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Local News

Black chamber CEO calls Joliet contracting record 'God awful'

JOLIET – The president and chief executive officer of the Illinois Black Chamber of Commerce told the City Council on Monday that his organization would file a complaint with the Justice Department if the city did not develop a minority participation ordinance.

“I hope we don’t have to do this, ladies and gentleman,” Larry Ivory said.

Describing Joliet’s minority contracting record as “God awful,” Ivory said he had been assured that the National Black Chamber of Commerce would file a complaint if the city did not take action.

Ivory’s appearance before the City Council was preceded last week by a downtown demonstration by Black Contractors of Will County contending that they were being kept out of contracts on the $215 million Will County Courthouse under construction.

Cornel Darden, who chairs the Joliet African American Business Association and appeared with Ivory at the Joliet meeting, plans to take up the issue with county officials.

The courthouse is a county, not city, project. But Ivory said there has been a history of black contractors not getting a fair share on city contracts.

“If you look at minority contracting in Joliet, I don’t think anyone can argue that the numbers aren’t there,” Ivory said. “I don’t think they’re not there because you don’t want to do it, but maybe you don’t know how to do it.”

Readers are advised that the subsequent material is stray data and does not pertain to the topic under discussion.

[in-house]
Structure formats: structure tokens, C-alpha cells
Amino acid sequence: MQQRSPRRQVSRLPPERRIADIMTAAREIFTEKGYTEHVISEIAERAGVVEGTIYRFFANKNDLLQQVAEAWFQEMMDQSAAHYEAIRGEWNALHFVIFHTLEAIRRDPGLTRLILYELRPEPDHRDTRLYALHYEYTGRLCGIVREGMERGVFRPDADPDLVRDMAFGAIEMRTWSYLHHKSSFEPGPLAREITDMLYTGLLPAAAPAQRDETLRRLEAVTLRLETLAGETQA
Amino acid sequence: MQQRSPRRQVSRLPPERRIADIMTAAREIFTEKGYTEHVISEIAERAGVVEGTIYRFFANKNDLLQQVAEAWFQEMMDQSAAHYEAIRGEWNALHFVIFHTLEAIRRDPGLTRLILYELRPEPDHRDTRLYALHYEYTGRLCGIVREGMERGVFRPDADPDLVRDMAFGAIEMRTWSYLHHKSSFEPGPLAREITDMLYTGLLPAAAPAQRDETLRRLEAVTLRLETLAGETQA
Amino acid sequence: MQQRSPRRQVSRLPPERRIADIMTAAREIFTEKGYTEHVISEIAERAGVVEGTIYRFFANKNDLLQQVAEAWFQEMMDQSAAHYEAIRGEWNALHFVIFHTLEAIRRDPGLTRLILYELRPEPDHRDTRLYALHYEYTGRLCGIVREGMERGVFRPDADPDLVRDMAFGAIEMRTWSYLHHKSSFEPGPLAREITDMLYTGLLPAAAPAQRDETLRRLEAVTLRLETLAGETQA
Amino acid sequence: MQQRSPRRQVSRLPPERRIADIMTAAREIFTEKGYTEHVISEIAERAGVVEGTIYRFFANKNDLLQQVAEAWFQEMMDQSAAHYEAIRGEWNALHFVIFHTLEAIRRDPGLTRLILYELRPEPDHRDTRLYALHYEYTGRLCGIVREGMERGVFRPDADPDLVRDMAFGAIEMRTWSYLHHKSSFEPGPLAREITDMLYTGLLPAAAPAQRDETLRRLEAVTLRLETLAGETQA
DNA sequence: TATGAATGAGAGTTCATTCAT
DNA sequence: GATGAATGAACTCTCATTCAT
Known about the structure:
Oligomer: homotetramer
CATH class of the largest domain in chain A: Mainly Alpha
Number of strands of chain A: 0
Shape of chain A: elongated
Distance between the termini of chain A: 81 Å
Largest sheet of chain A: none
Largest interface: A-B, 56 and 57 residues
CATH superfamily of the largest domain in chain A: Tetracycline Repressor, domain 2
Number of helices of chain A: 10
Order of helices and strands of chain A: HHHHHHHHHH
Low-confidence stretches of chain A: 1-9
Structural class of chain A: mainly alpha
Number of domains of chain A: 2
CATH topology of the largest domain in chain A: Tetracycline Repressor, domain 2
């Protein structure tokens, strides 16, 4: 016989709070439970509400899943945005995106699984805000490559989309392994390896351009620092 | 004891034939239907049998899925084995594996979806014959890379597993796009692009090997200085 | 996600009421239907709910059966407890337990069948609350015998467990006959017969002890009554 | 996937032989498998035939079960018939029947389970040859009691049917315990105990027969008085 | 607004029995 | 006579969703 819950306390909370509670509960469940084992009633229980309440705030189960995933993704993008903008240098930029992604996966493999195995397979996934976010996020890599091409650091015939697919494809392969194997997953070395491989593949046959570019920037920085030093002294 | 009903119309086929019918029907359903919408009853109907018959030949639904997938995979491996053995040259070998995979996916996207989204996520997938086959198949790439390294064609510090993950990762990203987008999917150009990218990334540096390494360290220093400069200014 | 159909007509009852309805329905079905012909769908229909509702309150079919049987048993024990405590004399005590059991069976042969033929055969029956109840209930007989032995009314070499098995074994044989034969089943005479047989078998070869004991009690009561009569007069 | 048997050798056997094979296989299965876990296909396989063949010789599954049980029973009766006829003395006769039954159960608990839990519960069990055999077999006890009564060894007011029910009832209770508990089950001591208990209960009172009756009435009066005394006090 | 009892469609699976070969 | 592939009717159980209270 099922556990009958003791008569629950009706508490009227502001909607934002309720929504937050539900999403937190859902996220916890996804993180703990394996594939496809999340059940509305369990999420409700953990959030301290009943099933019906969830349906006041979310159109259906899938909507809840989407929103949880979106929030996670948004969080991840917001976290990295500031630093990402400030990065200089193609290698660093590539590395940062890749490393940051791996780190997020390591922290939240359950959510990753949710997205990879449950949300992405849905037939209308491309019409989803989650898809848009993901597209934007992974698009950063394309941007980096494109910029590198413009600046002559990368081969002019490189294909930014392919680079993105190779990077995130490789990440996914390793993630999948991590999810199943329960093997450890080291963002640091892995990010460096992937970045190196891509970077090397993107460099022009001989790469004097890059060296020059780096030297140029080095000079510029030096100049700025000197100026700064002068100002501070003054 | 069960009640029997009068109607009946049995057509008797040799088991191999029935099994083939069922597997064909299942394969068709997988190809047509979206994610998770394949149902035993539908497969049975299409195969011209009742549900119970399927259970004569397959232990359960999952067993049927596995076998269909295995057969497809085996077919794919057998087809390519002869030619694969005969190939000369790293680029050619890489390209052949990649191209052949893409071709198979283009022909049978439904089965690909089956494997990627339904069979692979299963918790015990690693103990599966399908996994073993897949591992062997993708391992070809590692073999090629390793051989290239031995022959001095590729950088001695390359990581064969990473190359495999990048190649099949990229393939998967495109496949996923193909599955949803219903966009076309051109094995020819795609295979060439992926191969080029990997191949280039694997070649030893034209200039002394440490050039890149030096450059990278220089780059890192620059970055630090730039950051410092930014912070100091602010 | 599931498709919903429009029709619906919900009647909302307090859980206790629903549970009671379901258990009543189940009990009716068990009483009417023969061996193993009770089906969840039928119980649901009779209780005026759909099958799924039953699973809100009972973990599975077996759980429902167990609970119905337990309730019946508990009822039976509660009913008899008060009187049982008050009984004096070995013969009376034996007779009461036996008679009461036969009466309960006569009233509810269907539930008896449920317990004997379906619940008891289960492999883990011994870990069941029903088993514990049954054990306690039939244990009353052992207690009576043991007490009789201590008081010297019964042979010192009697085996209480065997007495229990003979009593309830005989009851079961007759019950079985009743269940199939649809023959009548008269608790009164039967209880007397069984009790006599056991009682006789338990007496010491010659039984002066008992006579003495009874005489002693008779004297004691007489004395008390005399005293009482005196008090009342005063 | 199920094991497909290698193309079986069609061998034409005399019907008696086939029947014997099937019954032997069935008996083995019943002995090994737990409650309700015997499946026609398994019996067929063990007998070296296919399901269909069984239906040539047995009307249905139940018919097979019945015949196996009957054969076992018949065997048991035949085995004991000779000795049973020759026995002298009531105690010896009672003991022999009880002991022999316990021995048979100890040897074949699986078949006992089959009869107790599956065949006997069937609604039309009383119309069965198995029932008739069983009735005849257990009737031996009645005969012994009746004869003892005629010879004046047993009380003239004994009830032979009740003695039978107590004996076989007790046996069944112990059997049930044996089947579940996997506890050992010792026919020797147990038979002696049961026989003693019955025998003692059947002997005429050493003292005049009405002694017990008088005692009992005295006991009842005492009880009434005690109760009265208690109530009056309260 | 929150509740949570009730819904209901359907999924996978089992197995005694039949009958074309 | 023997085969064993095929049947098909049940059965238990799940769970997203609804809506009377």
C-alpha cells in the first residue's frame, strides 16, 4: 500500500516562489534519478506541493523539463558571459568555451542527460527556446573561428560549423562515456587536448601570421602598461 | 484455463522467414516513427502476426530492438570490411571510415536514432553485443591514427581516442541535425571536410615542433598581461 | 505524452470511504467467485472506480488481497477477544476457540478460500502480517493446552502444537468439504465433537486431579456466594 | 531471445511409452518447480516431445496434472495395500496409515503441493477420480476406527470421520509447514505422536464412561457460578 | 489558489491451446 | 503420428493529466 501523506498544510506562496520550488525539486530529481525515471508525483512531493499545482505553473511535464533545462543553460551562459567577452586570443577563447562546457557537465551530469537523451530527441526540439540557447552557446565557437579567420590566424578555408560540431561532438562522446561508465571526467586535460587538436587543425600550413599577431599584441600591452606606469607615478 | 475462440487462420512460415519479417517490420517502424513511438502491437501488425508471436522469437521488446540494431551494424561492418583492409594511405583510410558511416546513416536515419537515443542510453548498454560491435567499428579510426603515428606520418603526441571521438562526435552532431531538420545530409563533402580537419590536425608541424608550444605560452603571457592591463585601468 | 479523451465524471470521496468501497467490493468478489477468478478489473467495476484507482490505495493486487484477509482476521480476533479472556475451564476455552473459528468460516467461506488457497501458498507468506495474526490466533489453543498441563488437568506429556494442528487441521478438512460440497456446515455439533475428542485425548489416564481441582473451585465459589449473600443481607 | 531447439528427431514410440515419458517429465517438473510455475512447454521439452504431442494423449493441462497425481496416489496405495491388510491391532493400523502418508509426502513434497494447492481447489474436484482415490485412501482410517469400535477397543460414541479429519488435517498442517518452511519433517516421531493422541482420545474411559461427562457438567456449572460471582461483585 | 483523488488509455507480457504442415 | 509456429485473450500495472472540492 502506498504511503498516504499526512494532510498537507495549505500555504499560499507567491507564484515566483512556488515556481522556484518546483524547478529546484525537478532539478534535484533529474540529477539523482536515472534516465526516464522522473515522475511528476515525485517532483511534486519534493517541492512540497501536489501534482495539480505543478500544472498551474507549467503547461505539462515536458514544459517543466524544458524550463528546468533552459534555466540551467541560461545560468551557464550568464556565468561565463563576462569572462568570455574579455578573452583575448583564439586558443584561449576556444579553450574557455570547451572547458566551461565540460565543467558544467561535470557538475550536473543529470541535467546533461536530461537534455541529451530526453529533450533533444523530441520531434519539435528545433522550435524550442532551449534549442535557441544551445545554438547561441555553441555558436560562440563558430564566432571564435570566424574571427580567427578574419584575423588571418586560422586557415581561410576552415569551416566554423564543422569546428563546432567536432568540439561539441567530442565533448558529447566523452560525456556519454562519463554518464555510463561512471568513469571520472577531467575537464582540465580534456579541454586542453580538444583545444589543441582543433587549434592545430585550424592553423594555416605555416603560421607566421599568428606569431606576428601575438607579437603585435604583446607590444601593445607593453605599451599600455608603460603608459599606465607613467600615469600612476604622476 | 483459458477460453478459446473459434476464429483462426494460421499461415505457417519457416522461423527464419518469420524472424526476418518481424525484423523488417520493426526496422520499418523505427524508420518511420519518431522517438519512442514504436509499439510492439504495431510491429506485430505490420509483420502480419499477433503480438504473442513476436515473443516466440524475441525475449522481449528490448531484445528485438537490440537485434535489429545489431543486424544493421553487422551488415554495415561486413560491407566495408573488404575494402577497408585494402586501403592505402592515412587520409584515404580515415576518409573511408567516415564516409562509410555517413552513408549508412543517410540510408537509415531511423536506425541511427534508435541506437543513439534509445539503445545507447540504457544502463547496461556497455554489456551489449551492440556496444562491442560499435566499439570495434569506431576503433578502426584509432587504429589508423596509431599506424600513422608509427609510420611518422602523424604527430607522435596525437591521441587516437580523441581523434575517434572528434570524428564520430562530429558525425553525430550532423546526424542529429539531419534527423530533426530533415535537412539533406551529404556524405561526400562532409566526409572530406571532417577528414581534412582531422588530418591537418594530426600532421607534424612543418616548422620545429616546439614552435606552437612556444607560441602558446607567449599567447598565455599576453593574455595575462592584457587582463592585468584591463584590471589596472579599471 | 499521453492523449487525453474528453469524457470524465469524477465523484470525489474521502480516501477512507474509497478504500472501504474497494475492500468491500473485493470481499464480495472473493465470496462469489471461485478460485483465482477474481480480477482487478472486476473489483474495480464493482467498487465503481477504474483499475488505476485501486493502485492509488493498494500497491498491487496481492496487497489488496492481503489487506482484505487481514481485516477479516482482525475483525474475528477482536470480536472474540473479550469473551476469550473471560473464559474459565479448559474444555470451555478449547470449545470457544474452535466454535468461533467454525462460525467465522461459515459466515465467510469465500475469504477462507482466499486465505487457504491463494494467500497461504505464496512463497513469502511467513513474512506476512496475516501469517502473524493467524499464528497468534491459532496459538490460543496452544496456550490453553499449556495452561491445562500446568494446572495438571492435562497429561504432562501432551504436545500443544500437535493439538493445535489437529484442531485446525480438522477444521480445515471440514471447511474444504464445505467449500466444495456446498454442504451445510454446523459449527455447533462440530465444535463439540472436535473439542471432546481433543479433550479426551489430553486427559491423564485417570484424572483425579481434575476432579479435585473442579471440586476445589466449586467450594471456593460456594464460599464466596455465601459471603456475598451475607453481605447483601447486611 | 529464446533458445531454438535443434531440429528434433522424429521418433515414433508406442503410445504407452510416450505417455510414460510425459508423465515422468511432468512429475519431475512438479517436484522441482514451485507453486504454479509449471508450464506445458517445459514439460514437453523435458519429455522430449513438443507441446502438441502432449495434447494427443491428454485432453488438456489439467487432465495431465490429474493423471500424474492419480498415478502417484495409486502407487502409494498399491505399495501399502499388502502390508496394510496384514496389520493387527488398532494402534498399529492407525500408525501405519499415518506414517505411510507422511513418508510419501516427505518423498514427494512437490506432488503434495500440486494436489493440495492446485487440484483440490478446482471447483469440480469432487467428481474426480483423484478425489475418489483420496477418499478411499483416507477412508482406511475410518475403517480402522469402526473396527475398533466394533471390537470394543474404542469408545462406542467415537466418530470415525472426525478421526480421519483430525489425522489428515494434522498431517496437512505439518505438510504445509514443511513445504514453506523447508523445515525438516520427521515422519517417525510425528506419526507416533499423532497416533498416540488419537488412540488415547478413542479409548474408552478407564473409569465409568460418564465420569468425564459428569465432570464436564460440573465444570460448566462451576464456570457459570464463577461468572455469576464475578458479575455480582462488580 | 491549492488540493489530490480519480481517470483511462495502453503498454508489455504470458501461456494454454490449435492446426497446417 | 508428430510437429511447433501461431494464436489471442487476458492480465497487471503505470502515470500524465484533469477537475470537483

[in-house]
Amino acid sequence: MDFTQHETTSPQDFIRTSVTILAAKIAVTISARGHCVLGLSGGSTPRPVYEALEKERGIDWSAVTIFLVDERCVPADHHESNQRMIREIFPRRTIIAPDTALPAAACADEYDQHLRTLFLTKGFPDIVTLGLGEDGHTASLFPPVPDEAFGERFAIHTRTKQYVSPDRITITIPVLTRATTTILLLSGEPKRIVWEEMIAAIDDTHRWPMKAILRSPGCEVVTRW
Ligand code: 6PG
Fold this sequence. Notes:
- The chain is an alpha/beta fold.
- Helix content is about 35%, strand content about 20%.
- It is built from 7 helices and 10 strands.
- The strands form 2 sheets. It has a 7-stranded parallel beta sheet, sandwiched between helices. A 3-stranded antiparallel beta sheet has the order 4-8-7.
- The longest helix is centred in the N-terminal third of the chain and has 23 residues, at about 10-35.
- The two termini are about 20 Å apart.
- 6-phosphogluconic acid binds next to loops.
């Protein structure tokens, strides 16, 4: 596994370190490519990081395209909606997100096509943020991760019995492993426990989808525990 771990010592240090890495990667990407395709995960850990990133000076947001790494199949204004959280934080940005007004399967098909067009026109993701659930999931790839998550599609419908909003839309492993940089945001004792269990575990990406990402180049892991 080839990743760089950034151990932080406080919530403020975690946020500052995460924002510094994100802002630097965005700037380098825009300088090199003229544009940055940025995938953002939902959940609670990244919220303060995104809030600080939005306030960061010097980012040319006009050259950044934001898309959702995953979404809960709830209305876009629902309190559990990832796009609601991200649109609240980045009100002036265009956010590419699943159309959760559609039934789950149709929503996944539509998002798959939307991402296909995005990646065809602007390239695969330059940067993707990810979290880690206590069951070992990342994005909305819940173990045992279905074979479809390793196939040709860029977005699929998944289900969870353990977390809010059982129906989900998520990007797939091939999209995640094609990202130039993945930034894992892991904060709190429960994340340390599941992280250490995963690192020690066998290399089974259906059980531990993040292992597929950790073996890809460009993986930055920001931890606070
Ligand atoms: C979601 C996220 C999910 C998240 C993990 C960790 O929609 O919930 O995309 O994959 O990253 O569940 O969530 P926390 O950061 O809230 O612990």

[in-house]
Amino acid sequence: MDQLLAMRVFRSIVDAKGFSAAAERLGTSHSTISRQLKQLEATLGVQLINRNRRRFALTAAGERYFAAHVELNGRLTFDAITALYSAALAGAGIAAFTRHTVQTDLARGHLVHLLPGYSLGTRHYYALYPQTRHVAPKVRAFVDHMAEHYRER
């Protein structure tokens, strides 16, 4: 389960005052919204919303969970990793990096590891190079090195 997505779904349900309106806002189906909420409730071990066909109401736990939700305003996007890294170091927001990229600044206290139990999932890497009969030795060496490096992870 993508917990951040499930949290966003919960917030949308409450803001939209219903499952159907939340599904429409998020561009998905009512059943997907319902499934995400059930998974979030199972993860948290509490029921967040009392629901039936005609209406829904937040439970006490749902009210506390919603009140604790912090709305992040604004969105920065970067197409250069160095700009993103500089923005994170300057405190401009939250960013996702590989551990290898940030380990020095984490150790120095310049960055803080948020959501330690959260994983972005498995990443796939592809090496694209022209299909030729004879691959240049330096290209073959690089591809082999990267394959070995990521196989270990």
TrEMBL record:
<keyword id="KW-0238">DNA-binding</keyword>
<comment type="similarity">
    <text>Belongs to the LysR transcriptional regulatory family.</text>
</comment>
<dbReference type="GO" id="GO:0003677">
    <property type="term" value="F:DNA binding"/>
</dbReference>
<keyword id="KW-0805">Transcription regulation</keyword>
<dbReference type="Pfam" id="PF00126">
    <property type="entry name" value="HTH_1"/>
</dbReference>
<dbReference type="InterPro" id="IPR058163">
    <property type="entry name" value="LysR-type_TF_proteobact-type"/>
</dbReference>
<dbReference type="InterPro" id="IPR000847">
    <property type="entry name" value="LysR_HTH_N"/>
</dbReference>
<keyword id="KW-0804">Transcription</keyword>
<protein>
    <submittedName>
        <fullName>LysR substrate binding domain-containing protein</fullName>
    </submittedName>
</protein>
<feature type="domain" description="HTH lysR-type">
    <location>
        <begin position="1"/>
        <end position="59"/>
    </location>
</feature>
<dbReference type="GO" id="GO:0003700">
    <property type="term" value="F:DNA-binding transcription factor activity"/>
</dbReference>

Ivory said his organization would be willing to help Joliet develop the kind of minority participation ordinances that exist in other Illinois cities.

Council member Bettye Gavin, who chairs the council’s diversity and community relations committee, said that committee would take up the issue.

It’s not the first time that the city’s diversity committee took up the issue after black contractors complained about the lack of minority participation. The last time was in 2014, when the committee was chaired by Council member Jan Quillman.

“The problem is the contractors that come in hire minority contractors but they don’t hire locally,” Quillman said.

Willie Sellers, a truck hauling contractor who has been outspoken on the issue, said Monday that he thinks contractors will see progress in their cause.

“It’s going to change this time because we have somebody speaking directly to the governor and talking from a political standpoint,” Sellers said.

Ivory in citing his credentials noted that he had been appointed by Gov. Bruce Rauner to a panel that sets minority hiring goals for state government and has served with other boards that address the issue.

“If you didn’t have a goal, minority participation would be nonexistent,” Ivory said. “People are comfortable doing business they way they’ve been doing business.”

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